SD1 Attachment A1.1 Nutrition Assessment Proposal P1028

SD1 Attachment A1.1 Nutrition Assessment Proposal P1028

23 February 2016

SD1 Attachment A1.1 – Nutrition Assessment – Proposal P1028

Infant Formula

Executive Summary

Infant formula contains macronutrients, vitamins, minerals, and other nutritive substances that are required for growth and development of infants. For each nutrient, a minimum amount is generally defined to ensure an infant receives adequate amounts. A maximum amount is also defined for some nutrients to ensure an infant does not receive unsafe amounts. In addition, permitted forms, specific components (e.g. amino acids or fatty acids), conversion factors, ratios to other nutrients, and other restrictions may also be important to consider. Where these considerations apply in the standards regulating infant formula nutrient composition varies and depends on the specific nutrient.

Nutrient composition of infant formula is prescribed in the Australia New Zealand Food Standards Code (the Code) Standard 2.9.1 – Infant Formula Products (and Schedule 29 in the revised Code) and in the Codex AlimentariusStandard 72-1981 Standard for Infant Formula and Formulas for Special Medical Purposes Intended for Infants (Codex STAN 72-1981). The two standards are aligned or comparable for most nutrients. However, there are some inconsistencies. New science has emerged since the standards were implemented, and some issues continue to be debated within the scientific community. Thus, the evidence base that underpins infant formula composition in Standard 2.9.1 may have changed since it was last reviewed in the late 1990s.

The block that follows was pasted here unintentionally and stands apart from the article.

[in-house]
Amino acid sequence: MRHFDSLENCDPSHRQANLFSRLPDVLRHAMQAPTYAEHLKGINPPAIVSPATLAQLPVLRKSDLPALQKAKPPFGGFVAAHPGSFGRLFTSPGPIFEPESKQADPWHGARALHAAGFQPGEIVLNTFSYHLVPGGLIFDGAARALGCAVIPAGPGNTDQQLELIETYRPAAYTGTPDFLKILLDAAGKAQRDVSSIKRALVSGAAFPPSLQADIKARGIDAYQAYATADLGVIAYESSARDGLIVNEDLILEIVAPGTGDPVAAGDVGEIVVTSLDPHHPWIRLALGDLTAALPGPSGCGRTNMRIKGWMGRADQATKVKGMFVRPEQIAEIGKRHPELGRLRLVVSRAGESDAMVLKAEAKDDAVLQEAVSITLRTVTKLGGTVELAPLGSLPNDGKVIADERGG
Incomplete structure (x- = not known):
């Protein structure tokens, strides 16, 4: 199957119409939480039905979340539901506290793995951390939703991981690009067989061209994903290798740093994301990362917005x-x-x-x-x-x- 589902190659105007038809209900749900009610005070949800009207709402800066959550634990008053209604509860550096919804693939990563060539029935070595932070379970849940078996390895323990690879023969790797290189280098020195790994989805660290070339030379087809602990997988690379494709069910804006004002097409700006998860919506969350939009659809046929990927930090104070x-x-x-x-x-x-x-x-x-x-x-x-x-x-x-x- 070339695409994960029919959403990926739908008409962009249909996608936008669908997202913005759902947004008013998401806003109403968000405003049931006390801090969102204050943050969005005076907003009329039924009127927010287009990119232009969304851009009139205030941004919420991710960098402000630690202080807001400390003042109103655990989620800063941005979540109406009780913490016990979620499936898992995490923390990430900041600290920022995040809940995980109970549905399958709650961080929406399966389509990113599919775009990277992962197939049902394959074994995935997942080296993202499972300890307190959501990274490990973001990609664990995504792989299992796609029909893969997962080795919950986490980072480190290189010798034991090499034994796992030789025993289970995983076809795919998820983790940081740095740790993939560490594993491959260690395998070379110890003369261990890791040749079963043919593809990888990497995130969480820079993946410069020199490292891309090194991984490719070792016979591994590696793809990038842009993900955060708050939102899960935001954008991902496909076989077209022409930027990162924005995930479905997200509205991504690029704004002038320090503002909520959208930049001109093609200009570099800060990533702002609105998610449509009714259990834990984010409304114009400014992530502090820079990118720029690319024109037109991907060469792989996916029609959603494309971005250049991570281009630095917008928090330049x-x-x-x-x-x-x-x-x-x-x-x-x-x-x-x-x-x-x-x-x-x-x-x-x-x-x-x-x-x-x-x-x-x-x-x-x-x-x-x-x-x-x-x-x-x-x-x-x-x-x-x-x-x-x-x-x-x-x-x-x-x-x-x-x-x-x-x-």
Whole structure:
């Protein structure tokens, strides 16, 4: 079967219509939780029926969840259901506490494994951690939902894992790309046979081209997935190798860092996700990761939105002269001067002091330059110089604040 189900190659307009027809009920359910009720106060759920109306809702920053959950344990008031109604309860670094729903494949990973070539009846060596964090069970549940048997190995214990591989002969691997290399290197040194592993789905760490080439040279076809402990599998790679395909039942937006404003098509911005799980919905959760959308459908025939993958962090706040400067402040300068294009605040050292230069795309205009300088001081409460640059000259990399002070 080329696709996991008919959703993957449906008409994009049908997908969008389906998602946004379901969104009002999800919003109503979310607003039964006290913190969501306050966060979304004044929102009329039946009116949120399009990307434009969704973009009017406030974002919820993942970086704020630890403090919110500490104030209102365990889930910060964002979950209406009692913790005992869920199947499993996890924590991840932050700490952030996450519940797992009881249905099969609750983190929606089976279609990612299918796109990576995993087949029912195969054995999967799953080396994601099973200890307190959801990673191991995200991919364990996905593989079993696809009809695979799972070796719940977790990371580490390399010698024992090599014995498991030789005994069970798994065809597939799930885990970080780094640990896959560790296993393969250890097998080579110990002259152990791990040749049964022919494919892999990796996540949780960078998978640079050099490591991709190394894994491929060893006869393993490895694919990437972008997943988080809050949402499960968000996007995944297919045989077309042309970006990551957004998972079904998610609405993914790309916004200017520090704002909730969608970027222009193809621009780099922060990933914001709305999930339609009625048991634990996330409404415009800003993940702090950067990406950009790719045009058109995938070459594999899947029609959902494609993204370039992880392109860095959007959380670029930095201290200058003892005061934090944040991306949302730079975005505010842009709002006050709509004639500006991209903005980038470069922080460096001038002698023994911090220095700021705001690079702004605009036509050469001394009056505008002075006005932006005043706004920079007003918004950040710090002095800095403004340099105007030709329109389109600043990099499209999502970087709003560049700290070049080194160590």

This assessment reviewed infant formula nutrient composition with the aim of determining whether harmonising with the compositional requirements in Codex STAN 72-1981 would pose a risk of nutritional inadequacy or harm to Australian and New Zealand (ANZ) infants. A comparative analytical approach was used in which the Codex STAN 72-1981 provision for each nutrient was assessed against a set of criteria that would indicate potential risk to infant health if Codex STAN 72-1981 for the nutrient in question was used. These assessment criteria included (where applicable):

  • origin of the current standards;
  • recommendations of key expert bodies
  • comparison with breast milk concentrations
  • estimation of intakes and comparison with ANZ Nutrient Reference Values for adequate and excess intakes
  • physiological, biochemical or functional outcomes
  • identification of new or emerging scientific evidence.

Compositional requirements for 33 constituents of infant formula - protein, carbohydrate, fat, vitamins (13), minerals and electrolytes (14), and nutritive substances (3) - as well as the energy content were reviewed.